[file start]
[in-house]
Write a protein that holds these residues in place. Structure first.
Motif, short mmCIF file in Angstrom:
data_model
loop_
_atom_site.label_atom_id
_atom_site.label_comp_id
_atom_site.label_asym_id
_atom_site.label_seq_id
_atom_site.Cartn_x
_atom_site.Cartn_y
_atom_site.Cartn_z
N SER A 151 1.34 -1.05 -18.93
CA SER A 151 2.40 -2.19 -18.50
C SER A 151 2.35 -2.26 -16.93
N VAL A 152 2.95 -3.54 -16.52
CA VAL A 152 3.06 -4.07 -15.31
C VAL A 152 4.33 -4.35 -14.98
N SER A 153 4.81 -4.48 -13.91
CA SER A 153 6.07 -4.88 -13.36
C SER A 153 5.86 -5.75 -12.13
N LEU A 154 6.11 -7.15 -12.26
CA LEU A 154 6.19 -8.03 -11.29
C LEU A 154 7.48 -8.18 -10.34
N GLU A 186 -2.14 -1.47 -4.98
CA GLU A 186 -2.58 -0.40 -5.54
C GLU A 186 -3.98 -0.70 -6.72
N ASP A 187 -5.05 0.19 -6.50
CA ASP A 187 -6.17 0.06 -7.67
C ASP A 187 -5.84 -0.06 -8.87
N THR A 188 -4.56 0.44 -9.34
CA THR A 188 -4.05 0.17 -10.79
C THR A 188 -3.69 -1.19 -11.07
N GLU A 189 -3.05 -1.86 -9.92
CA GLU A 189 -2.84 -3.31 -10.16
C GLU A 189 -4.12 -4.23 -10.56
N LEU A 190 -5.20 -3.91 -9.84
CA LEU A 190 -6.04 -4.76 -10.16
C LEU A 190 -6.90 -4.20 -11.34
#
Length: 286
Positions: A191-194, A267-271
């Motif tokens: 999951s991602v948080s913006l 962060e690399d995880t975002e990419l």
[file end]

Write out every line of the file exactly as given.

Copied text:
[in-house]
Write a protein that holds these residues in place. Structure first.
Motif, short mmCIF file in Angstrom:
data_model
loop_
_atom_site.label_atom_id
_atom_site.label_comp_id
_atom_site.label_asym_id
_atom_site.label_seq_id
_atom_site.Cartn_x
_atom_site.Cartn_y
_atom_site.Cartn_z
N SER A 151 1.34 -1.05 -18.93
CA SER A 151 2.40 -2.19 -18.50
C SER A 151 2.35 -2.26 -16.93
N VAL A 152 2.95 -3.54 -16.52
CA VAL A 152 3.06 -4.07 -15.31
C VAL A 152 4.33 -4.35 -14.98
N SER A 153 4.81 -4.48 -13.91
CA SER A 153 6.07 -4.88 -13.36
C SER A 153 5.86 -5.75 -12.13
N LEU A 154 6.11 -7.15 -12.26
CA LEU A 154 6.19 -8.03 -11.29
C LEU A 154 7.48 -8.18 -10.34
N GLU A 186 -2.14 -1.47 -4.98
CA GLU A 186 -2.58 -0.40 -5.54
C GLU A 186 -3.98 -0.70 -6.72
N ASP A 187 -5.05 0.19 -6.50
CA ASP A 187 -6.17 0.06 -7.67
C ASP A 187 -5.84 -0.06 -8.87
N THR A 188 -4.56 0.44 -9.34
CA THR A 188 -4.05 0.17 -10.79
C THR A 188 -3.69 -1.19 -11.07
N GLU A 189 -3.05 -1.86 -9.92
CA GLU A 189 -2.84 -3.31 -10.16
C GLU A 189 -4.12 -4.23 -10.56
N LEU A 190 -5.20 -3.91 -9.84
CA LEU A 190 -6.04 -4.76 -10.16
C LEU A 190 -6.90 -4.20 -11.34
#
Length: 286
Positions: A191-194, A267-271
């Motif tokens: 999951s991602v948080s913006l 962060e690399d995880t975002e990419l």